Friday, April 18, 2014
By Susan McMillan email@example.com
READFIELD -- At many meetings of school boards or municipal officials in Maine, the audience is small or nonexistent, and there are few public comments.
The opposite is true in Readfield, where the demand for a public forum is so great that it could spill over into meetings arranged just for that purpose.
In the last two years, residents have packed the meeting room of Gile Hall for Board of Selectmen meetings and made abundant use of the public comment portion of the agenda. There's a group of regulars who frequently question or criticize town officials' actions.
Seeking to balance opportunities for public input with the need to conduct town business, selectmen are grappling with a strategy for public communication.
"The critical issue right now is how to actually manage select board meetings so that the meetings are effective and efficient," Town Manager Stefan Pakulski said. "There's been a bit of a struggle with people wanting to use those meetings as opportunities to promote issues that they feel are important, but the select board may not share the same opinion that the meeting itself is the best forum or format for doing that."
In recent months, selectmen have made multiple decisions about public communication. They adopted a written policy in November and will survey residents on ideas for running meetings.
Tom Dunham, a meeting regular who's leading a campaign for a town charter, is critical of the way the selectmen have handled the issue so far and thinks a charter would provide more consistency and fairness.
"It's too bad, because there's some people that can contribute on agenda items, and they're simply not allowed to speak," Dunham said.
Pakulski said virtually no one attended the board meetings when he started as town manager nine years ago; but in early 2011, the meetings became livelier when a group of residents started attending to ask questions about Readfield's Public Works Department.
Many of the same residents campaigned to abolish the department, which voters approved doing in a June 2011 referendum and reaffirmed in September 2011.
Several of the residents remained active at board meetings after the public works issue subsided, continuing to question officials on matters such as paving of the transfer station driveway and the purchase of a generator.
In recent weeks, many people have criticized a selectmen's decision, made in early October and since described as temporary, to move public comments to the end of the agenda, after the live TV broadcast is shut off.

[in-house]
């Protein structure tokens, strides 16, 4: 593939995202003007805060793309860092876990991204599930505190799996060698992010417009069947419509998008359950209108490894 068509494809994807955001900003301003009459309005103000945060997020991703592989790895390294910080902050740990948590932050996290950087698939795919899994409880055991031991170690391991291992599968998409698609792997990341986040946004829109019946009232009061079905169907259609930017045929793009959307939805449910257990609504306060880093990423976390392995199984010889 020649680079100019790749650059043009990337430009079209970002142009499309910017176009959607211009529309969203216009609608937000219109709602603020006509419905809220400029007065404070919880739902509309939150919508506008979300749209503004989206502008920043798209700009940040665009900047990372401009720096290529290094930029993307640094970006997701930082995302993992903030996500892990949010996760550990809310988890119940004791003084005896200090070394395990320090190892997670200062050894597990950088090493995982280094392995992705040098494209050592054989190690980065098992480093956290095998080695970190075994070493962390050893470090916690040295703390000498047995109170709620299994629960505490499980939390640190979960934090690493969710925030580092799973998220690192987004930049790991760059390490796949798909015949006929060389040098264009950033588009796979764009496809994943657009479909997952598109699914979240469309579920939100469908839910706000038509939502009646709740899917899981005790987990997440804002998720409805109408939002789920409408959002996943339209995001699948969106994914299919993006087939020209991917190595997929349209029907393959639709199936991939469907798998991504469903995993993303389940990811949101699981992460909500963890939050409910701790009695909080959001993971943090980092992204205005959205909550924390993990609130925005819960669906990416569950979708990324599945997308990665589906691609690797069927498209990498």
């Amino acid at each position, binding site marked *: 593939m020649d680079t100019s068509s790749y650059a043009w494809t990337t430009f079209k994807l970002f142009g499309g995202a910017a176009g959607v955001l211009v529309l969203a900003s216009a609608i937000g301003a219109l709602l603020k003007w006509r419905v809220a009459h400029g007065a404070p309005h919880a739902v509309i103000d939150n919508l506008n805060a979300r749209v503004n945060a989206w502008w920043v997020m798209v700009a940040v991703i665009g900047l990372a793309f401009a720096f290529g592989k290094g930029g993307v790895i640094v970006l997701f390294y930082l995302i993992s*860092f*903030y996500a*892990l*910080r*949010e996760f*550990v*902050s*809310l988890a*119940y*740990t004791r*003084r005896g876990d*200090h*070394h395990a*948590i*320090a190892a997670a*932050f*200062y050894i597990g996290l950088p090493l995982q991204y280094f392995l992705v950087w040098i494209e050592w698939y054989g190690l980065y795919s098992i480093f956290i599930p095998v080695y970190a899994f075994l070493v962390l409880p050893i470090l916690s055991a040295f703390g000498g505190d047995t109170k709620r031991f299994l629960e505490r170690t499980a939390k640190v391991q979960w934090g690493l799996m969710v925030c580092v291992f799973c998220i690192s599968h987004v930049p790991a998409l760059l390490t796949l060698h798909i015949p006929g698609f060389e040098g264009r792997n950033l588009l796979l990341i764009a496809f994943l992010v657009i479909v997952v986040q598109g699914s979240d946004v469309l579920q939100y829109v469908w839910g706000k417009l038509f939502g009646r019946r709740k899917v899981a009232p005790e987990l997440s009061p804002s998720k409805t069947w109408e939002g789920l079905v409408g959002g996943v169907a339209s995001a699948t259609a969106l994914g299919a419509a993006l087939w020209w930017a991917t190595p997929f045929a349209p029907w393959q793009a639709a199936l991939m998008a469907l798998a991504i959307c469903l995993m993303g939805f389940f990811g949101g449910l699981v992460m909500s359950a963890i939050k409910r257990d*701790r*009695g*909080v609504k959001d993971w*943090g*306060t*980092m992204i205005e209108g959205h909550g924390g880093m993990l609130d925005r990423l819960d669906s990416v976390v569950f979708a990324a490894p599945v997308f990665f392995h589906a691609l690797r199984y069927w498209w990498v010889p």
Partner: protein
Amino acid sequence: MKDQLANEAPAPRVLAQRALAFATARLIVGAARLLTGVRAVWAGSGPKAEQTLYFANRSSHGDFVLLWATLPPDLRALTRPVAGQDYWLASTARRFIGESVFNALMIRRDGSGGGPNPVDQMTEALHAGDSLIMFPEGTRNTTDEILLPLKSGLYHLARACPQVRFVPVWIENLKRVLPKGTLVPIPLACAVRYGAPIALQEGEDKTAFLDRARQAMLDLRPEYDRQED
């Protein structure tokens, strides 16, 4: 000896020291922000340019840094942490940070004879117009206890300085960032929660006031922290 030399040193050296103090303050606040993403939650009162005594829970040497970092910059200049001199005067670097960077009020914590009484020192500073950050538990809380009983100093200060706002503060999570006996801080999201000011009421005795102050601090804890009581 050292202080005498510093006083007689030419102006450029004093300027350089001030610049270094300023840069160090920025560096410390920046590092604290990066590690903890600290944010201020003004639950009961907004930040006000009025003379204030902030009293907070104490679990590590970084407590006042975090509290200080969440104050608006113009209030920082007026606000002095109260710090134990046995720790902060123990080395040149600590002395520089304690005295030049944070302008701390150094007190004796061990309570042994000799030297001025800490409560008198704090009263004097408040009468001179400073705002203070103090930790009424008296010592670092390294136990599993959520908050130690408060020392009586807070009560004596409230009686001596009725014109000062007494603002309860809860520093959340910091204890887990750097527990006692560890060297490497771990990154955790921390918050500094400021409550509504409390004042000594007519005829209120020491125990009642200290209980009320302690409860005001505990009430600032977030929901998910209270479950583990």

Selectmen said they did so to protect town employees, some of whom have been criticized by name during the live broadcasts. The public comments are still included in meeting minutes, but some residents have said their freedom of speech is being limited.
Selectman Greg Durgin has said the setup does feel like censorship to him, and he regrets having voted for it.
Eric Conrad, spokesman for the Maine Municipal Association, said municipalities all handle public communication in their own way.
State law does not guarantee a right to speak at meetings other than hearings, but residents may expect it. Conrad said the municipal association recommends providing a public comment period, with time limits if officials feel they are necessary.
Readfield's selectmen looked to Farmingdale's public communications policy to create their own, which they adopted in November.
The policy encourages residents to attend selectmen's meetings and to bring their concerns to town officials. The public comment portion of the agenda is limited to 15 minutes.
People who want more time or a response to their questions are asked to contact the town manager ahead of time.
Personal attacks against town employees, town officials or members of the public are prohibited; and the chairman of the selectmen can terminate remarks at any time if a speaker violates the policy.
Selectmen also have created a survey, to be posted soon on the town website, www.readfield.govoffice.com, to seek public input about public communications.
Questions include when the opportunity for public comments should fall on the agenda, whether it should be broadcast live, how to protect employees and residents from personal attacks, and whether to organize occasional public forums for residents to share input and concerns.
Susan McMillan -- 621-5645